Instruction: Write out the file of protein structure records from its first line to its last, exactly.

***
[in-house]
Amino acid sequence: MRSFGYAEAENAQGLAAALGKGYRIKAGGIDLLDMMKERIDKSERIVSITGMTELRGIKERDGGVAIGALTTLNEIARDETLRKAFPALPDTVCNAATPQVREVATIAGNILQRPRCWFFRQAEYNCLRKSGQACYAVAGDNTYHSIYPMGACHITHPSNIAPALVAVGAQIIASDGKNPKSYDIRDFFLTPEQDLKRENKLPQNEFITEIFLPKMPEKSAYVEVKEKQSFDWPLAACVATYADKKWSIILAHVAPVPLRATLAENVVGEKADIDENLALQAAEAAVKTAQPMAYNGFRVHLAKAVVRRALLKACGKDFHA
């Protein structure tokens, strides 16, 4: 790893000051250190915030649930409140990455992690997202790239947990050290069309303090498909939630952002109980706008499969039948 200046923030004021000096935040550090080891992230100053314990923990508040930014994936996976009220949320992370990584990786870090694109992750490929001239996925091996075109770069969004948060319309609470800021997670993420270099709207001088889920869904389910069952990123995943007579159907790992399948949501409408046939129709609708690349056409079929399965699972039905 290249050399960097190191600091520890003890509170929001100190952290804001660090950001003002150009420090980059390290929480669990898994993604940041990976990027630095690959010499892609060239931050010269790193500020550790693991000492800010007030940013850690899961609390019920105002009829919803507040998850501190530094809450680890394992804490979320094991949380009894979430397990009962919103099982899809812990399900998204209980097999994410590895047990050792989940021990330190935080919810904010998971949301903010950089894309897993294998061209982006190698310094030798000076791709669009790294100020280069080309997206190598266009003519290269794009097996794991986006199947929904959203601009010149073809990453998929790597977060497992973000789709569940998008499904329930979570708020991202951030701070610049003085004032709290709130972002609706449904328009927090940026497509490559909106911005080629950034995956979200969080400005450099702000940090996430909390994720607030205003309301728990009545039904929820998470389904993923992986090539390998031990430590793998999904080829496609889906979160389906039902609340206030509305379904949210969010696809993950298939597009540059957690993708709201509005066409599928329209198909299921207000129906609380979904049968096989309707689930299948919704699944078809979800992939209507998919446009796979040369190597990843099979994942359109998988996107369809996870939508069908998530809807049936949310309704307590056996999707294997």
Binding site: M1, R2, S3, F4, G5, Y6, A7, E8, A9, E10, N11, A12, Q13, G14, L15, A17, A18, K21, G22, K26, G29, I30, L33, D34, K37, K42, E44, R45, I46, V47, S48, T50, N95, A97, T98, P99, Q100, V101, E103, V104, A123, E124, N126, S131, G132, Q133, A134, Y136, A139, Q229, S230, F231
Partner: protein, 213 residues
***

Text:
[in-house]
Amino acid sequence: MRSFGYAEAENAQGLAAALGKGYRIKAGGIDLLDMMKERIDKSERIVSITGMTELRGIKERDGGVAIGALTTLNEIARDETLRKAFPALPDTVCNAATPQVREVATIAGNILQRPRCWFFRQAEYNCLRKSGQACYAVAGDNTYHSIYPMGACHITHPSNIAPALVAVGAQIIASDGKNPKSYDIRDFFLTPEQDLKRENKLPQNEFITEIFLPKMPEKSAYVEVKEKQSFDWPLAACVATYADKKWSIILAHVAPVPLRATLAENVVGEKADIDENLALQAAEAAVKTAQPMAYNGFRVHLAKAVVRRALLKACGKDFHA
């Protein structure tokens, strides 16, 4: 790893000051250190915030649930409140990455992690997202790239947990050290069309303090498909939630952002109980706008499969039948 200046923030004021000096935040550090080891992230100053314990923990508040930014994936996976009220949320992370990584990786870090694109992750490929001239996925091996075109770069969004948060319309609470800021997670993420270099709207001088889920869904389910069952990123995943007579159907790992399948949501409408046939129709609708690349056409079929399965699972039905 290249050399960097190191600091520890003890509170929001100190952290804001660090950001003002150009420090980059390290929480669990898994993604940041990976990027630095690959010499892609060239931050010269790193500020550790693991000492800010007030940013850690899961609390019920105002009829919803507040998850501190530094809450680890394992804490979320094991949380009894979430397990009962919103099982899809812990399900998204209980097999994410590895047990050792989940021990330190935080919810904010998971949301903010950089894309897993294998061209982006190698310094030798000076791709669009790294100020280069080309997206190598266009003519290269794009097996794991986006199947929904959203601009010149073809990453998929790597977060497992973000789709569940998008499904329930979570708020991202951030701070610049003085004032709290709130972002609706449904328009927090940026497509490559909106911005080629950034995956979200969080400005450099702000940090996430909390994720607030205003309301728990009545039904929820998470389904993923992986090539390998031990430590793998999904080829496609889906979160389906039902609340206030509305379904949210969010696809993950298939597009540059957690993708709201509005066409599928329209198909299921207000129906609380979904049968096989309707689930299948919704699944078809979800992939209507998919446009796979040369190597990843099979994942359109998988996107369809996870939508069908998530809807049936949310309704307590056996999707294997």
Binding site: M1, R2, S3, F4, G5, Y6, A7, E8, A9, E10, N11, A12, Q13, G14, L15, A17, A18, K21, G22, K26, G29, I30, L33, D34, K37, K42, E44, R45, I46, V47, S48, T50, N95, A97, T98, P99, Q100, V101, E103, V104, A123, E124, N126, S131, G132, Q133, A134, Y136, A139, Q229, S230, F231
Partner: protein, 213 residues